Forensic Errors In Chandra Levy Murder Case

9:28 PM, Feb 3, 2010   |    comments
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WASHINGTON, DC (WUSA) -- Recently disclosed errors in the treatment of evidence the high-profile Chandra Levy murder case are frustrating some of the victim's family members.

"I'm not surprised by that information. There have been mistakes made from the very beginning and that's what happens in Washington, DC," said Levy's aunt, Linda Katz in a 9 NEWS NOW interview.

Pre-trial hearings in the case disclosed that prosecutors either misplaced or lost a sample of hair taken from a skull near the location where Levy's body was discovered in May, 2002.

It was earlier revealed that a female lab technician's DNA was found on some of Levy's clothing and that DNA from a male, suspected to be another technician or police officer, was found on another article of clothing.

Levy, a Capitol Hill intern, had been declared missing in May, 2001 and the case gained national attention when the investigation revealed Levy was having an affair with a California congressman.

In January, 2009, authorities charged Ingmar Guandique with Levy's murder, based, in part, on statements he allegedly made in prison while serving time for an unrelated crime.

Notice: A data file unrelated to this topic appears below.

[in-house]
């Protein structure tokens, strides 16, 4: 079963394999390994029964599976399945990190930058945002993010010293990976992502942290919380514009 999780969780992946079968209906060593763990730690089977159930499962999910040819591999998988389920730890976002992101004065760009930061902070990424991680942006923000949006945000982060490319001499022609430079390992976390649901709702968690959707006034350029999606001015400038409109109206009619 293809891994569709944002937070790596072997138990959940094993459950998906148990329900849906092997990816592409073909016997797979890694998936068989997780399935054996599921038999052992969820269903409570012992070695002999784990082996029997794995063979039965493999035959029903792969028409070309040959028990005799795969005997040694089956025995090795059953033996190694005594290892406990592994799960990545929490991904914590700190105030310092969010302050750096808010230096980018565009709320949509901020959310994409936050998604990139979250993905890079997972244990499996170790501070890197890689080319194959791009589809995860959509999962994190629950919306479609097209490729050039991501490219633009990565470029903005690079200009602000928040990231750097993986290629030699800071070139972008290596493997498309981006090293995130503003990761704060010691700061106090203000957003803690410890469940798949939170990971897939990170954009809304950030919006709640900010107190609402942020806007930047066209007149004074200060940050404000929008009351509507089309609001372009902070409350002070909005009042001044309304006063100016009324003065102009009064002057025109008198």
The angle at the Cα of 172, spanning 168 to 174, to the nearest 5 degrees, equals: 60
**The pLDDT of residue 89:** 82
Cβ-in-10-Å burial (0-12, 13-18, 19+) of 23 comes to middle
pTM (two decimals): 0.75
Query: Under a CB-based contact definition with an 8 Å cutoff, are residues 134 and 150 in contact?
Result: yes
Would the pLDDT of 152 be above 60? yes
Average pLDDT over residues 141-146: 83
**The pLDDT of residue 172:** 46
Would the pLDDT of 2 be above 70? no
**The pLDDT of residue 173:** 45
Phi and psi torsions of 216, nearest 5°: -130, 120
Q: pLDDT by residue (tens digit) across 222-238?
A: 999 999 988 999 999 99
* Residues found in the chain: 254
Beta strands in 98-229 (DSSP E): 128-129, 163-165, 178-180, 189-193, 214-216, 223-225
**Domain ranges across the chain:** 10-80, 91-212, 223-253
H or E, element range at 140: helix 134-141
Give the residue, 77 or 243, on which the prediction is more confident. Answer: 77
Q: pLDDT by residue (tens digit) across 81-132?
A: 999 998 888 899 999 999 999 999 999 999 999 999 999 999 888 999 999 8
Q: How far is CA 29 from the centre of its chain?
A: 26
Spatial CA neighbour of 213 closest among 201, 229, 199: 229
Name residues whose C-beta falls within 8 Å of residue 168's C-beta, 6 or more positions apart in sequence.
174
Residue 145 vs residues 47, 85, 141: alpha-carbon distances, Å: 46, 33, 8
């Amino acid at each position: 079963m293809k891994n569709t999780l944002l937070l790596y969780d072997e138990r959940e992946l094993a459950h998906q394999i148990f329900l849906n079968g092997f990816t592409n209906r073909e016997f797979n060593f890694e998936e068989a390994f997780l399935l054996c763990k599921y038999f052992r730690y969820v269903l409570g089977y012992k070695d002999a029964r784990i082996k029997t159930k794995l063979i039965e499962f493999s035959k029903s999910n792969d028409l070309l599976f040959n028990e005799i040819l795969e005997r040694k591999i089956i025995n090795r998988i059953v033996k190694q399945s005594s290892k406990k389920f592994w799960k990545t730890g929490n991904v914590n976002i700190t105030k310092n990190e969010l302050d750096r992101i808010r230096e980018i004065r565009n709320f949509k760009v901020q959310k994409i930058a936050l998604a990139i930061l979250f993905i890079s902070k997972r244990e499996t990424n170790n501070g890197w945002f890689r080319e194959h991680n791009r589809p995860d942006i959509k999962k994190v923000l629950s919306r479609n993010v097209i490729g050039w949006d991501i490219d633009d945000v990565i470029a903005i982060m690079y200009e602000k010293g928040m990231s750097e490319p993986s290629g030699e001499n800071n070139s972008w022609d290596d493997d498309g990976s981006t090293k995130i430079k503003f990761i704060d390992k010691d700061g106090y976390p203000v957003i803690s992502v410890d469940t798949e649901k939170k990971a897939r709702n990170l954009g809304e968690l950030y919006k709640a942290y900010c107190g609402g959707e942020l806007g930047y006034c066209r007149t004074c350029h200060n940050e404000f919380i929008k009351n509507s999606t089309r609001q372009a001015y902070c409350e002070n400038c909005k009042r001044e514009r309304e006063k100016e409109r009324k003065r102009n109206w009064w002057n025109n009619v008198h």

"It could potentially be serious," said Marymount University Forensic Sciences professor Anne Cupero of the evidence errors.

"Often police departments and laboratory technicians do make mistakes in allowing their DNA to end up within some samples. Usually that's something that can be separated out. However, what the defense attorney makes of this could be something conceivably large," she said.

"A defense attorney could say that there has been tampering of the evidence. A defense attorney could say that someone in law enforcement may want to cover up something. Those are not reasonable to the law enforcement community and to those of us in the field. We wouldn't find that reasonable but, to a jury, they might actually find that reasonable," Cupero told 9 NEWS NOW.

"I think law enforcement and laboratory workers do a very fine job of caring for the evidence and keeping a chain of custody. I think this is a situation where several different things have happened all at one time and it seems to make it a larger error than it really is," Cupero said.

Levy family members see things differently. "They've hidden things. They've mistreated information. They've mistreated our family. It's been going on for years," Levy's aunt Linda Katz said.

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